The development of an exercise intervention framework as a modality of treatment for individuals with obstructive sleep apnea, in the South African public healthcare setting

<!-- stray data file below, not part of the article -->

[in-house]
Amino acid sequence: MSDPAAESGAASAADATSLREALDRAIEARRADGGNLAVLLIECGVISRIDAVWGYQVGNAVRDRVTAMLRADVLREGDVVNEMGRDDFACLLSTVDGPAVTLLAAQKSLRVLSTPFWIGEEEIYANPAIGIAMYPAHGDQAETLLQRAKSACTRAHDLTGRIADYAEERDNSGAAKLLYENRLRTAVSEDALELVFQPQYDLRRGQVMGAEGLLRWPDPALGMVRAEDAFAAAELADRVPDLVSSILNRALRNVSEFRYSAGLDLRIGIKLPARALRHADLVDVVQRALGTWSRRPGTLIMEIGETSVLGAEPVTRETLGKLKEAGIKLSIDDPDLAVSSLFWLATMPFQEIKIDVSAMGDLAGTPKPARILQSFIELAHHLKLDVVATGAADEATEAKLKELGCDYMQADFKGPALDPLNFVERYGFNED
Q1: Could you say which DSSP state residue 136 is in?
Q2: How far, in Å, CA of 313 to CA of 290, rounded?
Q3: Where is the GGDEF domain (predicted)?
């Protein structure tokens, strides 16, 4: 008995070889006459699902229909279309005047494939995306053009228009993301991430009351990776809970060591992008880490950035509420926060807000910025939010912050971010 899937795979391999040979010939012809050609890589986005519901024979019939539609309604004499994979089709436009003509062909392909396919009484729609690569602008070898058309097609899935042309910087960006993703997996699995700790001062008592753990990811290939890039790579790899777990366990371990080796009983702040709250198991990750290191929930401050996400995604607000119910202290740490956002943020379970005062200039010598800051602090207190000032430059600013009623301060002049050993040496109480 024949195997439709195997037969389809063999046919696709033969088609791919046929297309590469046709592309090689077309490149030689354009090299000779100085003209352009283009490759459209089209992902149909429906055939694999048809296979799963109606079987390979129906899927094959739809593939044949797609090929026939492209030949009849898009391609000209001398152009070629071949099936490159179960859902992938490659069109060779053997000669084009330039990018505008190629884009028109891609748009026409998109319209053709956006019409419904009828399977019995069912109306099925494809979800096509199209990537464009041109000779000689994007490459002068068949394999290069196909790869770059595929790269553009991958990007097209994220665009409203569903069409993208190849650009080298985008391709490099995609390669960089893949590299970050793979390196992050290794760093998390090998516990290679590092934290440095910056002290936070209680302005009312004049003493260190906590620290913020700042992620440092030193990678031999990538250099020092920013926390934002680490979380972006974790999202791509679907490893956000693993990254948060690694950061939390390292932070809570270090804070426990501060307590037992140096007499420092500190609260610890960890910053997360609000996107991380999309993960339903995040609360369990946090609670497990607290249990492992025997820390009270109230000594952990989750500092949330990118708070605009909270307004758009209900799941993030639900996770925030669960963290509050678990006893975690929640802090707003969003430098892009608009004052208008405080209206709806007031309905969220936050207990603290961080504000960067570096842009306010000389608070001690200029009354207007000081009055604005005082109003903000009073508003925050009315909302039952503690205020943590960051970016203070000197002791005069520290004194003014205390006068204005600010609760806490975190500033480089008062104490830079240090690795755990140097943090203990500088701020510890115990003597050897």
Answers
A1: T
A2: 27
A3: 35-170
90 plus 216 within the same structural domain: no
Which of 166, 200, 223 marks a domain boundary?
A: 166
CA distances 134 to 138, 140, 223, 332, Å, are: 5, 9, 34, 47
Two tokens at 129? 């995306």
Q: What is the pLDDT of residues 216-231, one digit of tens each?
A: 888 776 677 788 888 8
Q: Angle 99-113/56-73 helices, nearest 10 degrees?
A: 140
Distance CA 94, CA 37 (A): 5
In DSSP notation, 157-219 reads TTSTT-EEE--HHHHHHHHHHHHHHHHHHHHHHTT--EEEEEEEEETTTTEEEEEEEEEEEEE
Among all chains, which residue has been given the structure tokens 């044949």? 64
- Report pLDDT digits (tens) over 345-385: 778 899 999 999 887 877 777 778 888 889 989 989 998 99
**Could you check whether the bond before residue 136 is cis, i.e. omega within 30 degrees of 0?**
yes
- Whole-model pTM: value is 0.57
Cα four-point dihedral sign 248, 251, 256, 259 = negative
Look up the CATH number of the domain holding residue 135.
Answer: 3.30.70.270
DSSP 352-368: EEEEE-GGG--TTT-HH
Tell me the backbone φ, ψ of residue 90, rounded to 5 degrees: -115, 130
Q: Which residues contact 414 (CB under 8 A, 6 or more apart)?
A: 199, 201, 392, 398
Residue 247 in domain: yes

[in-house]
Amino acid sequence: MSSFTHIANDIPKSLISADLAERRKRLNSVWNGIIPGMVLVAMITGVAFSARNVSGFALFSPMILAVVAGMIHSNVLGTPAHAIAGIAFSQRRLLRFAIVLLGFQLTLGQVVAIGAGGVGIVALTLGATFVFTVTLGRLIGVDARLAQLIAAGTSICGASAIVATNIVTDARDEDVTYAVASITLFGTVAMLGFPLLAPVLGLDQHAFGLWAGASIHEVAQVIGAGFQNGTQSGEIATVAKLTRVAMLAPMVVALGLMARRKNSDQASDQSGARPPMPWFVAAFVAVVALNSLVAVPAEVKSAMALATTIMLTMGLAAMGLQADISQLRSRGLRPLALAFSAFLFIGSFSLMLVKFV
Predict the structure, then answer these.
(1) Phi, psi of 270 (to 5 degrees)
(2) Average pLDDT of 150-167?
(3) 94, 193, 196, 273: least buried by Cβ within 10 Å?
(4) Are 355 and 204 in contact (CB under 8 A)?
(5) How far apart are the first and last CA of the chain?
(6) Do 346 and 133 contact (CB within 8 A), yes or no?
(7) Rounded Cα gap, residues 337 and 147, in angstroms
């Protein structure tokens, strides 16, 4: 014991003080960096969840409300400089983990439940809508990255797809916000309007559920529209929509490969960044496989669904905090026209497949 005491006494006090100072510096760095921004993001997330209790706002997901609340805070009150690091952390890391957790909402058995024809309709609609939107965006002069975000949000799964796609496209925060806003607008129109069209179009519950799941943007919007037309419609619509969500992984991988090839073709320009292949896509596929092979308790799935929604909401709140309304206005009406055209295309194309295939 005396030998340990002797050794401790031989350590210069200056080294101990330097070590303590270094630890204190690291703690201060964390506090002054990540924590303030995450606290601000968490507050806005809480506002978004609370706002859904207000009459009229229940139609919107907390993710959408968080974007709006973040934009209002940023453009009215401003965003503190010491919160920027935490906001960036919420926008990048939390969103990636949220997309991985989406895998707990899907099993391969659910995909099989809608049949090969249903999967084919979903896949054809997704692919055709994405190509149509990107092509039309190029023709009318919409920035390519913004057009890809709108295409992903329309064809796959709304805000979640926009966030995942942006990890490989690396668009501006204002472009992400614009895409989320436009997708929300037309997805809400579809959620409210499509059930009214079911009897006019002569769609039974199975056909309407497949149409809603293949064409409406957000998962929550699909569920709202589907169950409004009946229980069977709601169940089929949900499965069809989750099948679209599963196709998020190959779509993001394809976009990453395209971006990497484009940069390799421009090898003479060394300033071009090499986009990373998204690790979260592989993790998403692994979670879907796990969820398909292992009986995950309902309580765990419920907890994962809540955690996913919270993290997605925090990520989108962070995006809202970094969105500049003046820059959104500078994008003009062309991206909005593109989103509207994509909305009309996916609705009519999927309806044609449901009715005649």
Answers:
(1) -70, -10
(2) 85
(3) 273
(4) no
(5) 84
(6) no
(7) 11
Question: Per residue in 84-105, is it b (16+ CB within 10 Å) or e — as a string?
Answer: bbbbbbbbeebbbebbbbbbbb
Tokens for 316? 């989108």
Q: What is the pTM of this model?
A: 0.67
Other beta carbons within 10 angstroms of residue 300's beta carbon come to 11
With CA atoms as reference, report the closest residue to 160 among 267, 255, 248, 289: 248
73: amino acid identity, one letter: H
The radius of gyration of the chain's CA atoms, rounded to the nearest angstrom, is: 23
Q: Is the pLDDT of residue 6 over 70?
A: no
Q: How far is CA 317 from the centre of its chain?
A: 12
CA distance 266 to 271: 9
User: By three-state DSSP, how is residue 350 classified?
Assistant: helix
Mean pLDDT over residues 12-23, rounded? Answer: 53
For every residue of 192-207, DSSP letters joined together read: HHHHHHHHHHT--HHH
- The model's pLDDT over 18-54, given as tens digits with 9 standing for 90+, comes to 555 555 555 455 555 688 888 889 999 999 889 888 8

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Introduction: Obstructive sleep apnoea (OSA) is described as a breathing-related sleep disorder wherein your ventilation is impaired during sleep, due to the narrowing and collapse of the upper airway. Untreated OSA has been shown to increase the number of severe cardiovascular and cerebrovascular events. Common treatment modalities for OSA, including surgical intervention and continuous positive airway pressure therapy are effective but remain extremely expensive. It is thus often inaccessible to those in a low-income, under-resourced setting, or those without access to healthcare, as is the case for the majority of South Africans. Since addressing weight loss is a key component of OSA treatment, exercise may provide the benefits of addressing both weight loss and inflammation in OSA patients, as well as lowering the risk of cardiovascular disease, depression, and comorbidities that arise from obesity. Aims: The aims of this study were to understand the nature of, and perception to, current physical activity (PA) habits as well as barriers to exercise, faced by individuals with obstructive sleep apnoea (OSA group) compared to a control group of individuals without OSA (CON group). This information was then used to design an exercise intervention framework for OSA patients which can be implemented in an under-resourced setting, such as in the public healthcare system in South Africa. Methods: This is a secondary analysis of data already collected as part of a larger study investigating “Physical activity and sedentary behavior among patients with obstructive sleep apnoea in South Africa” (HREC Ref: 142/2021). The parent observational study made use of custom and validated questionnaires answered by adults diagnosed with moderate to severe OSA and control participants with no OSA. Participants were asked to report on current and past exercise habits, perceptions, enablers, and barriers to PA, as well as preferred modes of exercise, which were further analyzed. Results: A total of thirty-seven adults were included in the current study; eighteen of whom had been diagnosed with OSA, matched with nineteen CON adults for age, BMI, neck circumference, waist circumference, and blood pressure (all p>0.050). Self-reported current participation in PA was lower in the OSA group (61%) compared to the CON group (74%), although not significantly different (p=0.410), with lower levels of PA between the two groups reported as being due to time constraints, dark/unsafe environment, laziness, covid restrictions, a lack of interest, motivation, and illness/injury/surgery within the OSA group specifically, There was a high presence of structural pain within the OSA group (83%) compared to the CON group (58%), although not significantly different (0.091), which was aggravated by PA (33% and 36% respectively). Frequency of PA was most commonly recorded as four to seven days per week by both the CON and OSA group (p=0.975, with a self-reported medium intensity ranging between 4-7 out of 10 (p=0.281) based on a subjectively designed 10-point scale (1: very low intensity, 10: very high intensity). Walking was the preferred form of PA within the OSA group (72%), as well as within the CON group (63%) (p=0.556), and both groups identified the ‘lack of motivation' as a barrier to participation in PA (p=1.000). Conclusion: Taking into account the observations 7 from evidence-based reviews in Chapter 1 and the results from Chapter 2, the proposed framework should include an exercise intervention that considers a moderate frequency of three to five times/week, a medium and building up to a higher intensity of 40-80% HRR, shorter sessions of 25-40 minutes per session but building up to 60 minutes where possible, and inclusion of aerobic and resistance exercises with a focus on walking as well as lower body activities. Group sessions should be considered to allow space for social interactions through physical activity which may help work around the barrier of motivation. Patient education on OSA and its consequences, the role of sleep, sleep hygiene, and disease management should also be included as part of the exercise intervention. Importantly, our results provide a basis for further development on this framework to establish an exercise Intervention as an adjunct therapy for OSA patients, specifically in lower income settings. Future studies can explore the efficacy of these exercise interventions in the management of OSA in adults from low income settings.